13(1)(a) Fixed RM 72,000
13(1)(c) Living Accommodation Benefit RM 10,800
Total RM 82,800

2. Daniel – Operations Director

Daniel is classified as a ‘service director’ of Bina Smart Sdn Bhd. This is because his shareholdings do not exceed 5% of the company and he remains active as a part of its management team. Hence, the computation for gross employment income declaration is similar to Brian’s as illustrated above.

First, the calculation for income to be declared under Section 13(1)(c) is:

No. Section 13(1)(c) Value
1 Annual Defined Value of Living Accommodation:
– Annual Defined Value: RM 10,000 x 12 x ⅓ = RM 40,000
RM 40,000
2 30% of Gross Employment Income under Section 13(1)(a)
– RM 8,000 x 12 months x 30% (no apportionment of ⅓ for this computation)
RM 28,800
Lower of the Two Calculations RM 28,800
Final Income to be Declared under Section 13(1)(c):
– RM 28,800 x 6/12 months
RM 14,400

 

 

Second, Daniel’s final computation of gross employment income is:

Section Sources of Income Gross Employment Income
13(1)(a) Fixed Salary:
– RM 8,000 x 12 months
RM 96,000
13(1)(c) Living Accommodation Benefit RM 14,400
Total RM 110,400

3. Nicholas – Executive Director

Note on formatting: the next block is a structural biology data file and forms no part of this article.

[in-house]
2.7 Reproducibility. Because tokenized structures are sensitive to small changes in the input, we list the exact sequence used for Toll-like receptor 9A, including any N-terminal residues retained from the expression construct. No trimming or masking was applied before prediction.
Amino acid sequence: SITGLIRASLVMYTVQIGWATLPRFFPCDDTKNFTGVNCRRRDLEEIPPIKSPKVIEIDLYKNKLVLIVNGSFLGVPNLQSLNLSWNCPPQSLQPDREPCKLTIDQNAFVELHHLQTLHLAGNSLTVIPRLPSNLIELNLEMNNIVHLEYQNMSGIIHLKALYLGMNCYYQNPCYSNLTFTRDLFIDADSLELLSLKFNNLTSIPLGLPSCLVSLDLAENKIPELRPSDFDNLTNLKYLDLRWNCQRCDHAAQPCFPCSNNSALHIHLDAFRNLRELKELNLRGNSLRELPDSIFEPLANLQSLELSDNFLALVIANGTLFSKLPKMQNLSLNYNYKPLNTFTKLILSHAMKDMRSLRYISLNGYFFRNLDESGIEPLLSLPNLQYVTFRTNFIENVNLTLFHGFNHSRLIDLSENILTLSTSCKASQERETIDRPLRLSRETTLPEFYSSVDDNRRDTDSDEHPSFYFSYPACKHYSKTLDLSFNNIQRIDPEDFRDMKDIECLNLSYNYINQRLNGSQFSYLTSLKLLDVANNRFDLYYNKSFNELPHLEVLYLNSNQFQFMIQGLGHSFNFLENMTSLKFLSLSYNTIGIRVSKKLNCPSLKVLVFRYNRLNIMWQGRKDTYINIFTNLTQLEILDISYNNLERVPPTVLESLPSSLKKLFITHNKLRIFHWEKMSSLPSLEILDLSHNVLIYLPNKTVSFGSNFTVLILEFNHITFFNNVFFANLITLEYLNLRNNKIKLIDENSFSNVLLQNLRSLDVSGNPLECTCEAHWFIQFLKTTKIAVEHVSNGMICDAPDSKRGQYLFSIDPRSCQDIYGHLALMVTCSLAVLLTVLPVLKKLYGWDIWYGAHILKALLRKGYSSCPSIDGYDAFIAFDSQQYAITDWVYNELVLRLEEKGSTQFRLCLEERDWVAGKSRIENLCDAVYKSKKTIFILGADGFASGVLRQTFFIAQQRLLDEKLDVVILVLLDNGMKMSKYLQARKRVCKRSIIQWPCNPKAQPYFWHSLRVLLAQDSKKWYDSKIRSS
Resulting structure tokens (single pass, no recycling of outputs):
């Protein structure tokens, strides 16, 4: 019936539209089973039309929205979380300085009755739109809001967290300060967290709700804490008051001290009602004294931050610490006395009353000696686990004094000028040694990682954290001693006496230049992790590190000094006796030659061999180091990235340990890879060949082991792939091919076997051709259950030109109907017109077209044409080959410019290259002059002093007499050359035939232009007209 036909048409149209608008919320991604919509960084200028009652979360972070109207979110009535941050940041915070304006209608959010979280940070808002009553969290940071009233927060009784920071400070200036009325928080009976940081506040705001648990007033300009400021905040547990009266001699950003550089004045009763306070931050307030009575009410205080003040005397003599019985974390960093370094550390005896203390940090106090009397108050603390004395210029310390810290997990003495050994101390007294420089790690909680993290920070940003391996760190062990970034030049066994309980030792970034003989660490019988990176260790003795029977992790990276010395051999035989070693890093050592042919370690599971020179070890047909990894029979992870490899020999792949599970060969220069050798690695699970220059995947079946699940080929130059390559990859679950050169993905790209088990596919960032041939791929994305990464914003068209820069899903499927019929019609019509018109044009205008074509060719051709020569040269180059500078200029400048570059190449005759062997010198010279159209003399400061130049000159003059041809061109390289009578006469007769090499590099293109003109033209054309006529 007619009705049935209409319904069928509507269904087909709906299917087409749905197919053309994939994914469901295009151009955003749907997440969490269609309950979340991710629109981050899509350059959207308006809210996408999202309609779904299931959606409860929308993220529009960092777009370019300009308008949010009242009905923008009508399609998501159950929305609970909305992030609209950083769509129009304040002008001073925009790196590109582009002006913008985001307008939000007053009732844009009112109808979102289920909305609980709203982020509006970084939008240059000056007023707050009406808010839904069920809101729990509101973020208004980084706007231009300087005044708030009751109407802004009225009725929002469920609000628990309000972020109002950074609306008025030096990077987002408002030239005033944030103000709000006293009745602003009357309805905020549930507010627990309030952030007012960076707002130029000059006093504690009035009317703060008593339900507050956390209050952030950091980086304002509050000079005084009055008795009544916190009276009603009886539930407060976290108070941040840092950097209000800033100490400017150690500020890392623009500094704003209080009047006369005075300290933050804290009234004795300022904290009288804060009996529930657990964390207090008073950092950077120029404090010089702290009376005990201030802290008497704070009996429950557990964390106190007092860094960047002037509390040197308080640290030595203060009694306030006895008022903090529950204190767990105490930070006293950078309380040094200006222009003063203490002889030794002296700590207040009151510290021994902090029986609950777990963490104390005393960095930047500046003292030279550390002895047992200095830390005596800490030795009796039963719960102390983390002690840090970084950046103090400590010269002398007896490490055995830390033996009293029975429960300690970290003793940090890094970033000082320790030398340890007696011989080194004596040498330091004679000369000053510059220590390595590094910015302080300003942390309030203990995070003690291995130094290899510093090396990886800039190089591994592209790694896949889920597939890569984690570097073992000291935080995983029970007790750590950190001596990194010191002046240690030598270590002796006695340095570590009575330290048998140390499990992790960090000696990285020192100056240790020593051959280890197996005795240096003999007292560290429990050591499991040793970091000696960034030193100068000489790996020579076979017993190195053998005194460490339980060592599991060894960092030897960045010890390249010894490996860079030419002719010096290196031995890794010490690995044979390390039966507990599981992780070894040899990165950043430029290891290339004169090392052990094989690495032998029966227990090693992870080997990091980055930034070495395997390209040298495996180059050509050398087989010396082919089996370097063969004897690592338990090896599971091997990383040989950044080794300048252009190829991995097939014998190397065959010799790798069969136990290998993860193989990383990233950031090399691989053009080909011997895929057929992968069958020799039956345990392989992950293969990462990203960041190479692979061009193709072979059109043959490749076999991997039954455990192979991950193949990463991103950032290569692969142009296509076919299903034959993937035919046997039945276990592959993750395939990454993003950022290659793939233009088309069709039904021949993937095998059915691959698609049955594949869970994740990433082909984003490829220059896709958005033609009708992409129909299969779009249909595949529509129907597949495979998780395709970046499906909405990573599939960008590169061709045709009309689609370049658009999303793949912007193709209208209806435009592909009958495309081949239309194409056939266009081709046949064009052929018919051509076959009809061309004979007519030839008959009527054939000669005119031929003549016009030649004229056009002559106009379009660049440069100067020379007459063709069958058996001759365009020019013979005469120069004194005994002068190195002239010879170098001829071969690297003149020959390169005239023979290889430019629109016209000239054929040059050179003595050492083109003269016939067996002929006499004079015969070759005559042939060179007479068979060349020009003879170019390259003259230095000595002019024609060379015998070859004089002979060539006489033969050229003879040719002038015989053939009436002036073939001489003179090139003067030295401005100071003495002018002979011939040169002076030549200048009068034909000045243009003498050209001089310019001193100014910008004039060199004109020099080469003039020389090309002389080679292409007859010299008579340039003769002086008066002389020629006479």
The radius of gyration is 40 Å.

Nicholas is a controlled director of Bina Smart Sdn Bhd as he has more than 5% shareholdings in the company. Hence, he will be assessed on the full amount of defined value of the living accommodation provided, which is different from his colleagues namely Brian and Daniel. Therefore, Nicholas’s final computation of his gross employment income is:

Section Sources of Income Gross Employment Income
13(1)(a) Fixed Salary:
– RM 10,000 x 12 months
RM 120,000
13(1)(c) Living Accommodation Benefit
– RM 10,000 x 6 months x ⅓
RM 20,000
Total RM 140,000

Read also: Do I Need to Declare Personal Income Tax if My Employer Paid it?.

Conclusion:

In short, the calculation of living accommodation benefit (benefit in kind) of an employee given by an employer shall be based on his position, shareholdings, and salary drawn from the company. This is to be apportioned based on his duration of stay and whether or not, if the living accommodation unit is to be shared with other colleagues.

Most likely, your situation would be uniquely different and hence, requiring the assistance of a qualified tax professional. If that is you, you may use Joolah.my, a platform that quickly refers you to the very best tax, audit and accounting experts in Malaysia.